Fathers and Freedom: A Tribute to Black Fathers on Juneteenth and Father’s Day

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I’ve been an African-American for twice as long.

On Sunday, I, along with millions of other black fathers, get the rare treat of celebrating two milestones: fatherhood and freedom.

That raises an interesting question: What does it mean to be a black father in America today?

It means we’re still fighting stereotypes, some of which are grounded in unpleasant realities — such as the 1 in 12 black men between the ages of 25 and 54 who are incarcerated; and others that falsely suggest black men aren’t involved in the lives of their kids.

We in the media — from Hollywood to your local dailies — have played a huge historical role in shaping the public’s perception of black men in America. We too seldom shine a light on those who’re doing it right — men who are successful and fully engaged in the lives of their children.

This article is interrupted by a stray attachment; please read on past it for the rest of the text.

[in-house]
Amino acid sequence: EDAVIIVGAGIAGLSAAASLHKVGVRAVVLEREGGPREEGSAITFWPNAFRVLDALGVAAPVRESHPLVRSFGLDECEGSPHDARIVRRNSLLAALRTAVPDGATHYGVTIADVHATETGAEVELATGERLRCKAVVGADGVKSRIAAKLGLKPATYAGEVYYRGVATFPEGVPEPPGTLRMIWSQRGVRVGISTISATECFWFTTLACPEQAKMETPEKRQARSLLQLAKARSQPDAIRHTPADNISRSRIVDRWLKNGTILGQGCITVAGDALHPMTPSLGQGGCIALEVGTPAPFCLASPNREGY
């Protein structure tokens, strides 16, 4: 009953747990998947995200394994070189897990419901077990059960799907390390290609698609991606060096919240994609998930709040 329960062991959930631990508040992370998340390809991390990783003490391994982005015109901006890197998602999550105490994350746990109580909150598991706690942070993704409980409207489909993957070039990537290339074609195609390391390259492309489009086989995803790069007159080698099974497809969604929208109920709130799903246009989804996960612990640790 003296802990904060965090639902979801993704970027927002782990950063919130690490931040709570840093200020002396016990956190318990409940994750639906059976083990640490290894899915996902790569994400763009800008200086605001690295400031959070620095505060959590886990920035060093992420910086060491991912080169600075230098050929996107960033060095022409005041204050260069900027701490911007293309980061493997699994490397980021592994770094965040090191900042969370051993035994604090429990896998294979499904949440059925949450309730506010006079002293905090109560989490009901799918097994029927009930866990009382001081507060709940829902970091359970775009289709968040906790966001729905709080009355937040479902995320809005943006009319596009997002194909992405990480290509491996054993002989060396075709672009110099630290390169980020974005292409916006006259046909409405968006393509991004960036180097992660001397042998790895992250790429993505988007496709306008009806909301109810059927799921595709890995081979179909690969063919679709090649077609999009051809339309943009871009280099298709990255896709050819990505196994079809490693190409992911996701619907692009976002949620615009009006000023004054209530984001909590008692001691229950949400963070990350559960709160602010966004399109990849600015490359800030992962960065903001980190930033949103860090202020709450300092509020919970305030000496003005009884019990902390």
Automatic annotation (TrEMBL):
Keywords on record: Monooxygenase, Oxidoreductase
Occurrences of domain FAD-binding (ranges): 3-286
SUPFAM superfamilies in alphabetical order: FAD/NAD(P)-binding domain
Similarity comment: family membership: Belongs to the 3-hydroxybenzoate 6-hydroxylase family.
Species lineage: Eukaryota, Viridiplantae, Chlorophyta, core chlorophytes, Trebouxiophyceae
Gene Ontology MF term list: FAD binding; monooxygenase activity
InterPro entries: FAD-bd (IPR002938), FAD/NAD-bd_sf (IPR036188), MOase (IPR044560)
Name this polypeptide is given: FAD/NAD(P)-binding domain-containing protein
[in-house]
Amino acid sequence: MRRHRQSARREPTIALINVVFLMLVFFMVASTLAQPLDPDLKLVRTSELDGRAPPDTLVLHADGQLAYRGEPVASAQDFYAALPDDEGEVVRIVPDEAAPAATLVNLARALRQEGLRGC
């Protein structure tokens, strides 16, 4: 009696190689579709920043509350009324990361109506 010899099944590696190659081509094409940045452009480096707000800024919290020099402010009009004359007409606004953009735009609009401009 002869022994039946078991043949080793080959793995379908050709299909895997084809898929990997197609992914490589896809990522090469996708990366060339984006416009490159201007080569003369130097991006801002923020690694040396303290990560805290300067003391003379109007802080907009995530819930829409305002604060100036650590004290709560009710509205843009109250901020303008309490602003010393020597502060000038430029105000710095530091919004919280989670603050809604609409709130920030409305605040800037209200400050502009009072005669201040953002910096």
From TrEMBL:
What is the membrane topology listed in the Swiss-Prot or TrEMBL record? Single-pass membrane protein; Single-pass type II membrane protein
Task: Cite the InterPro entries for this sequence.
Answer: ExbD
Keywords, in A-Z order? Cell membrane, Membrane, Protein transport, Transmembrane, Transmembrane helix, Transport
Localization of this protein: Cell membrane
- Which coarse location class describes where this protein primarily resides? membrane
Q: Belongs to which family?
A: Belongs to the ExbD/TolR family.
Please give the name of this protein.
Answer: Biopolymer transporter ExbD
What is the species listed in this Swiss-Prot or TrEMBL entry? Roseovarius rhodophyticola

Nothing has brought me greater joy than my kids — Alex, 26, Selah, 9, and Judah, 7. I also raised a stepdaughter, Andrea, now 38 and a mother of two beautiful toddlers.

Andrea was the first to call me “Dad.” When I heard it — DAD — that one word gave new meaning to my life. I bore the responsibility, the tremendous privilege of helping another human being find her way in life.

And when Alexander James Ragland was born in the fall of 1989, I got to experience the miracle of childbirth, that intoxicating, nerve-wracking moment when you experience the wonder of life.

Throw in years of changing diapers, driving kids to dance lessons, piano recitals and basketball practices — along with a few emergency room visits — and the years fly by. Still, at the ripe age of 54, I can’t believe I’ve been to two college graduations.

And I’m still learning how to be a better dad.

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